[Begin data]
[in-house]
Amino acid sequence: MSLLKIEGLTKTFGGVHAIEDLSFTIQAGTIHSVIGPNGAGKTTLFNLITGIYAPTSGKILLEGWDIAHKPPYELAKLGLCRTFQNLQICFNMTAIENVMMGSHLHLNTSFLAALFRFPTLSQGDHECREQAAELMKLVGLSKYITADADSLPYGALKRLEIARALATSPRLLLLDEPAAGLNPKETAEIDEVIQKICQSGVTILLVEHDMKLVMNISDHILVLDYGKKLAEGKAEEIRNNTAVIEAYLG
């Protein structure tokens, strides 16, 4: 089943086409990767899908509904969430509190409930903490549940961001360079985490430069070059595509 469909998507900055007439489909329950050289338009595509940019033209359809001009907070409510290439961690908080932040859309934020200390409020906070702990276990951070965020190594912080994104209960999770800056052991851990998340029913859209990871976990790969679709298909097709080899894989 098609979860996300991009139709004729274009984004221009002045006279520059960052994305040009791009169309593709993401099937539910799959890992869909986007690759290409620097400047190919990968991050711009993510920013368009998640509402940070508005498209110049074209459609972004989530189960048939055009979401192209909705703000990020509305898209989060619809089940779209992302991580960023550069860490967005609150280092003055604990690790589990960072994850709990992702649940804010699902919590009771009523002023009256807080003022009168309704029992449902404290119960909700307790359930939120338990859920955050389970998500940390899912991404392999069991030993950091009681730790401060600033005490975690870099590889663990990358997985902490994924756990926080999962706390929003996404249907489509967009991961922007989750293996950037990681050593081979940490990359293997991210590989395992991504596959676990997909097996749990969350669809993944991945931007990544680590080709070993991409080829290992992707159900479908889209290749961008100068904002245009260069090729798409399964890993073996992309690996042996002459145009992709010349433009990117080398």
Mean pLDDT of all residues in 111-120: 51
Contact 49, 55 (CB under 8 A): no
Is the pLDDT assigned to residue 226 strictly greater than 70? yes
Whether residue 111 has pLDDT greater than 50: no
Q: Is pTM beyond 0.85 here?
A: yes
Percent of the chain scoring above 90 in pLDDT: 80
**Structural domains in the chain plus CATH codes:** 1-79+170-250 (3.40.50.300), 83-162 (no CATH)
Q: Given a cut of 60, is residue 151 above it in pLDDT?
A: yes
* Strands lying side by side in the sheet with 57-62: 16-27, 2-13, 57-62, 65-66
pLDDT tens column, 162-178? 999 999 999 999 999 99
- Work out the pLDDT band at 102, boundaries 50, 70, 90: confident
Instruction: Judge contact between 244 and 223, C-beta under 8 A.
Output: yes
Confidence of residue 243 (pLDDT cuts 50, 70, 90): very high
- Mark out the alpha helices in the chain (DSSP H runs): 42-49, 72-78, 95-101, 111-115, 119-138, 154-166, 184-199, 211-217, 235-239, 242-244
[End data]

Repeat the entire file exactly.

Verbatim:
[in-house]
Amino acid sequence: MSLLKIEGLTKTFGGVHAIEDLSFTIQAGTIHSVIGPNGAGKTTLFNLITGIYAPTSGKILLEGWDIAHKPPYELAKLGLCRTFQNLQICFNMTAIENVMMGSHLHLNTSFLAALFRFPTLSQGDHECREQAAELMKLVGLSKYITADADSLPYGALKRLEIARALATSPRLLLLDEPAAGLNPKETAEIDEVIQKICQSGVTILLVEHDMKLVMNISDHILVLDYGKKLAEGKAEEIRNNTAVIEAYLG
């Protein structure tokens, strides 16, 4: 089943086409990767899908509904969430509190409930903490549940961001360079985490430069070059595509 469909998507900055007439489909329950050289338009595509940019033209359809001009907070409510290439961690908080932040859309934020200390409020906070702990276990951070965020190594912080994104209960999770800056052991851990998340029913859209990871976990790969679709298909097709080899894989 098609979860996300991009139709004729274009984004221009002045006279520059960052994305040009791009169309593709993401099937539910799959890992869909986007690759290409620097400047190919990968991050711009993510920013368009998640509402940070508005498209110049074209459609972004989530189960048939055009979401192209909705703000990020509305898209989060619809089940779209992302991580960023550069860490967005609150280092003055604990690790589990960072994850709990992702649940804010699902919590009771009523002023009256807080003022009168309704029992449902404290119960909700307790359930939120338990859920955050389970998500940390899912991404392999069991030993950091009681730790401060600033005490975690870099590889663990990358997985902490994924756990926080999962706390929003996404249907489509967009991961922007989750293996950037990681050593081979940490990359293997991210590989395992991504596959676990997909097996749990969350669809993944991945931007990544680590080709070993991409080829290992992707159900479908889209290749961008100068904002245009260069090729798409399964890993073996992309690996042996002459145009992709010349433009990117080398």
Mean pLDDT of all residues in 111-120: 51
Contact 49, 55 (CB under 8 A): no
Is the pLDDT assigned to residue 226 strictly greater than 70? yes
Whether residue 111 has pLDDT greater than 50: no
Q: Is pTM beyond 0.85 here?
A: yes
Percent of the chain scoring above 90 in pLDDT: 80
**Structural domains in the chain plus CATH codes:** 1-79+170-250 (3.40.50.300), 83-162 (no CATH)
Q: Given a cut of 60, is residue 151 above it in pLDDT?
A: yes
* Strands lying side by side in the sheet with 57-62: 16-27, 2-13, 57-62, 65-66
pLDDT tens column, 162-178? 999 999 999 999 999 99
- Work out the pLDDT band at 102, boundaries 50, 70, 90: confident
Instruction: Judge contact between 244 and 223, C-beta under 8 A.
Output: yes
Confidence of residue 243 (pLDDT cuts 50, 70, 90): very high
- Mark out the alpha helices in the chain (DSSP H runs): 42-49, 72-78, 95-101, 111-115, 119-138, 154-166, 184-199, 211-217, 235-239, 242-244